Take the 2-minute tour ×
Stack Overflow is a question and answer site for professional and enthusiast programmers. It's 100% free, no registration required.

I'm implementing producer/consumer problem. the code looks like this:

void producer()
{
  // produce item
  // update some control in form
}

void consumer()
{
  // consume item
  // update some control in form
}

producer and consumer methods are executed in different threads from the one that created my form, so I can't update controls in form. I tried following code:

void producer()
{
  // produce item
  // put the work to be done in a queue
  this.Invalidate();
}

void consumer()
{
  // consume item
  // put the work to be done in a queue
  this.Invalidate();
}

So now I have to detect if the form has been invalidated. I looked in Form's event list, and the best thing I could find was paint event. I put the code that got the job done, and it works fine. The problem is I somehow doubt I've done this the right way although it works. I think paint is not the right place to do the job, as what I'm doing it not just painting. I was wondering if there's a better way to do this.

Edit -- Snippet for Invalidated event handler not working

public Form1()
{
  InitializeComponent();
  this.Invalidated += InvalidateEventHandler;
}
void producer(object o)
{
  // produce
  // put work in queue
  this.Invalidate();
}
public void InvalidateEventHandler(object sender, InvalidateEventArgs e)
{
  // Do Stuff to form -- Where exception raises
}
share|improve this question

2 Answers 2

up vote 4 down vote accepted

Invalidate is intended to trigger a Paint.

What you need is to Control.Invoke() your own refresh method on he form.

Edit:

Your non-GUI threads should not even call Invalidate(), they can't touch the GUI.

You can write your own ProcessData() form-method and from the Prod/Cons call mainForm.Invoke(ProcessData)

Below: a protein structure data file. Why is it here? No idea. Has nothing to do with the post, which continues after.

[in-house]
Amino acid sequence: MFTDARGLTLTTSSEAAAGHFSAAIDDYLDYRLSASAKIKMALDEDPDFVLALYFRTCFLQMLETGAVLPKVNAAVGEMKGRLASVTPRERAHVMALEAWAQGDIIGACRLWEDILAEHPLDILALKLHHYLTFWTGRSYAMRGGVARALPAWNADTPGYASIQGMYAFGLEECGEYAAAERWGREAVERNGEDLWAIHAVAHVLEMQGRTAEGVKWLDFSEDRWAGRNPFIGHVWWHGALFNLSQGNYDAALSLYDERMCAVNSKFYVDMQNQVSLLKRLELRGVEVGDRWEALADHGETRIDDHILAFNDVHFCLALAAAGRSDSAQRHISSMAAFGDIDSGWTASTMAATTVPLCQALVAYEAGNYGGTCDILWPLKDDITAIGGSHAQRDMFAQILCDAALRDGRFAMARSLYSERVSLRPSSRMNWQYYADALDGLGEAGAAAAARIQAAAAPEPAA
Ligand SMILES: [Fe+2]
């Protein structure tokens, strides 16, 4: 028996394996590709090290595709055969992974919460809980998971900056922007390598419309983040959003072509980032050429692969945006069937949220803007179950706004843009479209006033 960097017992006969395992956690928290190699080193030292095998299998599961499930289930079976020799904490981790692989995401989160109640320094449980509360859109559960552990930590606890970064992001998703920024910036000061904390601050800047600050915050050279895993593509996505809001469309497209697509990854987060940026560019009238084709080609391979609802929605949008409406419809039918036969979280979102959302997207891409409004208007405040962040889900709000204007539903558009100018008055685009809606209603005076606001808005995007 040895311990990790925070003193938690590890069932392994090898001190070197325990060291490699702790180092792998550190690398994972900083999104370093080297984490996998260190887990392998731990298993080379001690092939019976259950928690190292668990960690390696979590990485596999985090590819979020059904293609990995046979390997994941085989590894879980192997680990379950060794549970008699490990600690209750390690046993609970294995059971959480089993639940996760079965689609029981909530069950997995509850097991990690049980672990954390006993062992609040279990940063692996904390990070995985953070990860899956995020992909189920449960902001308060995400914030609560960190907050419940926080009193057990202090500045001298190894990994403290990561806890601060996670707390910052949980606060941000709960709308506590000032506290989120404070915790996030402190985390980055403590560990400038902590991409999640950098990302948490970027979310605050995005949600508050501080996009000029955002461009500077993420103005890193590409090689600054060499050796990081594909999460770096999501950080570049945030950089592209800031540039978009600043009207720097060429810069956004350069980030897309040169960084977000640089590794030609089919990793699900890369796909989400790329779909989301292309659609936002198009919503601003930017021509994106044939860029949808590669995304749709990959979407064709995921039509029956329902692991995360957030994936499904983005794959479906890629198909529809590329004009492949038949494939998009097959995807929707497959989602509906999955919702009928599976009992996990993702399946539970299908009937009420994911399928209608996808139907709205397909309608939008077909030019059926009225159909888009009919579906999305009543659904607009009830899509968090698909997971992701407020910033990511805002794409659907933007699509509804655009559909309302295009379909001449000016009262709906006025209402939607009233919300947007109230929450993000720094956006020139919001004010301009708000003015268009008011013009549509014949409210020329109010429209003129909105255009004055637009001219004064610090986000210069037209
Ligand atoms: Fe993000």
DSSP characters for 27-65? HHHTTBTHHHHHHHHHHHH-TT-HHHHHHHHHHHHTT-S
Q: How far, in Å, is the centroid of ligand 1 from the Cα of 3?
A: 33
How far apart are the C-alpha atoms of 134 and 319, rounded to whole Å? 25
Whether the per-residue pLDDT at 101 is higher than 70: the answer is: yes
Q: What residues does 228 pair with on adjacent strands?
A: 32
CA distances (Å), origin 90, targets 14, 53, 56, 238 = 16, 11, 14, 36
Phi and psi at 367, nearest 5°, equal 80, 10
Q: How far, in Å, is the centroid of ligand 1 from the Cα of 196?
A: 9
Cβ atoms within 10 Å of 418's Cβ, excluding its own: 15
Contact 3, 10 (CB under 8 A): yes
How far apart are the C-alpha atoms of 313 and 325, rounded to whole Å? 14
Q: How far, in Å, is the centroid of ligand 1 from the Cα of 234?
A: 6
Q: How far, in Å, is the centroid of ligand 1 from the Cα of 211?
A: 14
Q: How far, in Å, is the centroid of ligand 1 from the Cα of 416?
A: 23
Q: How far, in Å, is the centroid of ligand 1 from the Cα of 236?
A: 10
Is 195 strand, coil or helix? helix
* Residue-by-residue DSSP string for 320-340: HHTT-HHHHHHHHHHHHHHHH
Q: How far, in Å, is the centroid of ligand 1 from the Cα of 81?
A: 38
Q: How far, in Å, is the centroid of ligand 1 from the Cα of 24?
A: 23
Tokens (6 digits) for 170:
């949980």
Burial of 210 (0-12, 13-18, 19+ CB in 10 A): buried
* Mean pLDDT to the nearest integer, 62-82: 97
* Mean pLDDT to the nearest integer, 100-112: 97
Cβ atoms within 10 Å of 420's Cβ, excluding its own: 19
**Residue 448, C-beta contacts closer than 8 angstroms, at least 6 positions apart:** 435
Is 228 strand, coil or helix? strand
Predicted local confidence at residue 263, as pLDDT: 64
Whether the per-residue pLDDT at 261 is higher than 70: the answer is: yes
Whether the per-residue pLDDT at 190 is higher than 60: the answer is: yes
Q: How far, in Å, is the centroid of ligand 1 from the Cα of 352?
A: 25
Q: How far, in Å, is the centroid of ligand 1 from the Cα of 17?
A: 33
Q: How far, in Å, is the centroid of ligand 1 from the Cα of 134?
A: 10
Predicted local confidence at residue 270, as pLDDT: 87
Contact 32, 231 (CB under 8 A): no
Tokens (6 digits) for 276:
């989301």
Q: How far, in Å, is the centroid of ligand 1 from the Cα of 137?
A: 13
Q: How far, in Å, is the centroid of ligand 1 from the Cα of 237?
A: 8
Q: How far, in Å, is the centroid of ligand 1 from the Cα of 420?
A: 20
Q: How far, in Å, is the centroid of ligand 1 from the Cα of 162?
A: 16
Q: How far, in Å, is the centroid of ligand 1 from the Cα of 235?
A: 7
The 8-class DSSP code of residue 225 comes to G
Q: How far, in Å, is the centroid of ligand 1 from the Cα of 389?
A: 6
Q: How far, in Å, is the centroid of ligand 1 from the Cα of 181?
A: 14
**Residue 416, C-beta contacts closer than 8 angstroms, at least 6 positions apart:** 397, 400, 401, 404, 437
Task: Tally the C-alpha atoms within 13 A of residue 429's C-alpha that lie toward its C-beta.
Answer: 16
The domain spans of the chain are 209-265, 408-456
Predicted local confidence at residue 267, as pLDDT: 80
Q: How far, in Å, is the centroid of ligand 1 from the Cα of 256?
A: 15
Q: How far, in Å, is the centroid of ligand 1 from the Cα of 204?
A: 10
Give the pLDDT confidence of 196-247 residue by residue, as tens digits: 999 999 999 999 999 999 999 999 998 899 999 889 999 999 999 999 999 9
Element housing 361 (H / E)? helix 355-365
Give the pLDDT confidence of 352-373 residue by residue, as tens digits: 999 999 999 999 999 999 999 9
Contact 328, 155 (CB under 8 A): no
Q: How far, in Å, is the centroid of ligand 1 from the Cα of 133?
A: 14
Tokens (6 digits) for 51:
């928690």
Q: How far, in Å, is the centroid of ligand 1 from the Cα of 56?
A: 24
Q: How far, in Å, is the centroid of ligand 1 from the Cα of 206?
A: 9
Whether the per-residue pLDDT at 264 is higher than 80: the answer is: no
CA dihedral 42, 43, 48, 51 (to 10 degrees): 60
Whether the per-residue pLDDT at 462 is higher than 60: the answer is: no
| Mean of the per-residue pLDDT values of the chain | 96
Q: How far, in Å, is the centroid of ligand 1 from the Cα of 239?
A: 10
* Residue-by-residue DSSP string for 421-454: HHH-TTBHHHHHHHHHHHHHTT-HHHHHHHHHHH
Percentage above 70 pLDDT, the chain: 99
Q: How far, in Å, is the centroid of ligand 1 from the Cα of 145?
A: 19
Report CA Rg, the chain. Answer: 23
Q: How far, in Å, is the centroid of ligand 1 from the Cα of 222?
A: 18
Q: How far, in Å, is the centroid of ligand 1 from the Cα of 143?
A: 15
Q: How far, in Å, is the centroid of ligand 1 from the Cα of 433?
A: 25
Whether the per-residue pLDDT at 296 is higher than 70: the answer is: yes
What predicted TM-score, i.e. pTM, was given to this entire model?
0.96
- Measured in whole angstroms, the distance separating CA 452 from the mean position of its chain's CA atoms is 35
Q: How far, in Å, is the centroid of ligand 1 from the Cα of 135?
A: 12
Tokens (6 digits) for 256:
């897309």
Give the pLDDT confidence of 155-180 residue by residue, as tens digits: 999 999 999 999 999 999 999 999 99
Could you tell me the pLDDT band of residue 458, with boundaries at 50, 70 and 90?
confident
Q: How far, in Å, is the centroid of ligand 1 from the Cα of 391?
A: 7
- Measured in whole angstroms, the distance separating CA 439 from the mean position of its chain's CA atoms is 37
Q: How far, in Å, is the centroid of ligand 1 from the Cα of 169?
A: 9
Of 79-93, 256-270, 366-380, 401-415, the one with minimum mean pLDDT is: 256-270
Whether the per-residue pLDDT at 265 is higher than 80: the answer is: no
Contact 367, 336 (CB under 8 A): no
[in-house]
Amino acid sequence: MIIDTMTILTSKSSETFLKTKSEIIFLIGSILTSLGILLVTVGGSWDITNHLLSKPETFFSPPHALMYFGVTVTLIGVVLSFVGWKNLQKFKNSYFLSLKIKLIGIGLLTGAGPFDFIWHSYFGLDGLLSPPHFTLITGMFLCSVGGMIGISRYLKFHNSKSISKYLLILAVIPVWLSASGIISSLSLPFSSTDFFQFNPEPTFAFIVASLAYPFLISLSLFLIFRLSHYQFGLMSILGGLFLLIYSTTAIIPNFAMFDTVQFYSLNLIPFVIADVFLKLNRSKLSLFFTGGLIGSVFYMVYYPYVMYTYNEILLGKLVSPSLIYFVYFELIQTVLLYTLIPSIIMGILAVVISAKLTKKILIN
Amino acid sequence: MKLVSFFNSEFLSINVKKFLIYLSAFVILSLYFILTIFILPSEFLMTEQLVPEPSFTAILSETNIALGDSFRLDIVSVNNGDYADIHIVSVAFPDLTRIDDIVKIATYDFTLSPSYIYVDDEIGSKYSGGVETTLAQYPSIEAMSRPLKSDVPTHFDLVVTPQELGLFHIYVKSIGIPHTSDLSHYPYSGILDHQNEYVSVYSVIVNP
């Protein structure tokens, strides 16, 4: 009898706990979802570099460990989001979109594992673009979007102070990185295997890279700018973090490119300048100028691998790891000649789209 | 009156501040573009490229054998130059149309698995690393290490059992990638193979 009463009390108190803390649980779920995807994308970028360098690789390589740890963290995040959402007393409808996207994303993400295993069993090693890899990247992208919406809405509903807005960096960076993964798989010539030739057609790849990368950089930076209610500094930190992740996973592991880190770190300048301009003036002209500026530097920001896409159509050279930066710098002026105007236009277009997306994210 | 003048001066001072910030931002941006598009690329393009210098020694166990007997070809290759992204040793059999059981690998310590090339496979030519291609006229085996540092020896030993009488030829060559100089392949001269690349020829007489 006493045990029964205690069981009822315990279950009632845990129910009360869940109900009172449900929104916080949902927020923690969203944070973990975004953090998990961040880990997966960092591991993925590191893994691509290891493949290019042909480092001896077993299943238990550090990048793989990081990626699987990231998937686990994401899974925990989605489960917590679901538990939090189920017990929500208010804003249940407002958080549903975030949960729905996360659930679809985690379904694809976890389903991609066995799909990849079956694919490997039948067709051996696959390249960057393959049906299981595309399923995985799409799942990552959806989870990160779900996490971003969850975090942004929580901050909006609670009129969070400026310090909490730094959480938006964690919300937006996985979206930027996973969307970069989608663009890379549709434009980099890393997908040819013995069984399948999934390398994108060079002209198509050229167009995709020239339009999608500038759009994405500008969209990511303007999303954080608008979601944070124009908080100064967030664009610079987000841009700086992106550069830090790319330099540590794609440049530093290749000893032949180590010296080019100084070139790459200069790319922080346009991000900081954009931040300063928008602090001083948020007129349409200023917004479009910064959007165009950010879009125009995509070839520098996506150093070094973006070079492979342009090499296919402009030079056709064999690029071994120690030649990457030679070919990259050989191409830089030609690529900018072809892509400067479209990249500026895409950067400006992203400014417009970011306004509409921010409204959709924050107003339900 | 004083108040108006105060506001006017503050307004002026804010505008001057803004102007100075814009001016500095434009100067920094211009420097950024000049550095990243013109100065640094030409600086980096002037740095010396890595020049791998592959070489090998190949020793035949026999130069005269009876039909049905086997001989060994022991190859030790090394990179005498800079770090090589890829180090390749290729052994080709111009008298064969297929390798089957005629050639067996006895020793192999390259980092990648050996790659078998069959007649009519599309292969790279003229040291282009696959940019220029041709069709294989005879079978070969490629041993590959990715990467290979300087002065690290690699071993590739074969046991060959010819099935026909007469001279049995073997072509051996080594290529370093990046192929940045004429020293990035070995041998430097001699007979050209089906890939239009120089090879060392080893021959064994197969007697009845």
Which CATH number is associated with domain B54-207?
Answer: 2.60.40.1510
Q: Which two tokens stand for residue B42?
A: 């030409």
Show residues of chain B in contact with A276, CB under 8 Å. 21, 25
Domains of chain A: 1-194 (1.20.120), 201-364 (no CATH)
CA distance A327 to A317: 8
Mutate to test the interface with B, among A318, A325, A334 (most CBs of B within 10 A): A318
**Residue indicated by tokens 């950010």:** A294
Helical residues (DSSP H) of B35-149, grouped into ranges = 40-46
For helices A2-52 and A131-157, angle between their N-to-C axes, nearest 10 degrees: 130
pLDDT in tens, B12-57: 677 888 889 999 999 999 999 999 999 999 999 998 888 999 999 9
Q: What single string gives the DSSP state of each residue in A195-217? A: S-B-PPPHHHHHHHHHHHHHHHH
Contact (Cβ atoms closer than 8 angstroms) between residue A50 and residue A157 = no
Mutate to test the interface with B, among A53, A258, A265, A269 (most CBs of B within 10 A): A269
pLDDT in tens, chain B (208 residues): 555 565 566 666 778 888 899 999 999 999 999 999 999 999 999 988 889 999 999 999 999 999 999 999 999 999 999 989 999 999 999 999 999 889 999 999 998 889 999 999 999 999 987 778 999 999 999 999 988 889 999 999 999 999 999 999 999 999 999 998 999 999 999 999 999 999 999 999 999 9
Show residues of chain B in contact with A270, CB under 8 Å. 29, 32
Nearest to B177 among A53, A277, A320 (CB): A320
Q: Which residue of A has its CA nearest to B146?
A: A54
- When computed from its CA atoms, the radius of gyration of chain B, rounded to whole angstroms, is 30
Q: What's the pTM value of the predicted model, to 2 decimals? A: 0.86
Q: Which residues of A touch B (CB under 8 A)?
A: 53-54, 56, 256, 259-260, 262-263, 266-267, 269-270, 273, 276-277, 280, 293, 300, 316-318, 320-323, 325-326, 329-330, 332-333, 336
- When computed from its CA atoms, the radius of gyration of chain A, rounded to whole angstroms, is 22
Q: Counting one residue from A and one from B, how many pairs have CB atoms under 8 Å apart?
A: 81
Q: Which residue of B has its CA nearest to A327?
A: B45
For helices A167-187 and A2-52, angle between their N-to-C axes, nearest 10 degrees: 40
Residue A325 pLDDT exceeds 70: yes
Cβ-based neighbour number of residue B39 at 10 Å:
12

Then ProcessData() is responsible for thread-safe access to the data and for Invalidating the GUI

share|improve this answer
    
Maybe I don't get it but how does that solve my problem with executing thread not being the creator? Could you explain? –  atoMerz May 14 '11 at 10:28
    
Invoke was created to solve that. –  Henk Holterman May 14 '11 at 10:30
    
Thank you, it worked. –  atoMerz May 14 '11 at 10:39

You can try to use new keyword to make your own implementation of Invalidate

    public new void Invalidate()
    {
        // place your logic here
        base.Invalidate();
    }

Aslo Form has Invalidated event wich is triggered after Ivalidate ends

EDIT:

public void InvalidateEventHandler(object sender, InvalidateEventArgs e)
{
    anotherForm.Invoke(new Action(() =>
    {
        // Do Stuff to form -- Where exception raises
    }));
}
share|improve this answer
    
@Stecya ARGH! yes it does have Invalidated event, but it's not displayed in properties window, idk why, I tried it in code and it was shown. But about using my own implementation of Invalidate(), no it won't work, because I'm calling Invalidate with a thread other than the one that created my form, so it would be the one executing Invalidate and I'd have the same problem. –  atoMerz May 14 '11 at 10:19
1  
Then using event is your solution –  Stecya May 14 '11 at 10:20
1  
Unfortunately, It isn't working, I don't know why. I added a new event handler to Invalidated event, and when it's being executed I get the same error about it being updated from another thread other than the one that created form. :( –  atoMerz May 14 '11 at 10:25
    
Can you show code snippet? –  Stecya May 14 '11 at 10:55
    
yes, post edited. –  atoMerz May 14 '11 at 11:03

Your Answer

 
discard

By posting your answer, you agree to the privacy policy and terms of service.

Not the answer you're looking for? Browse other questions tagged or ask your own question.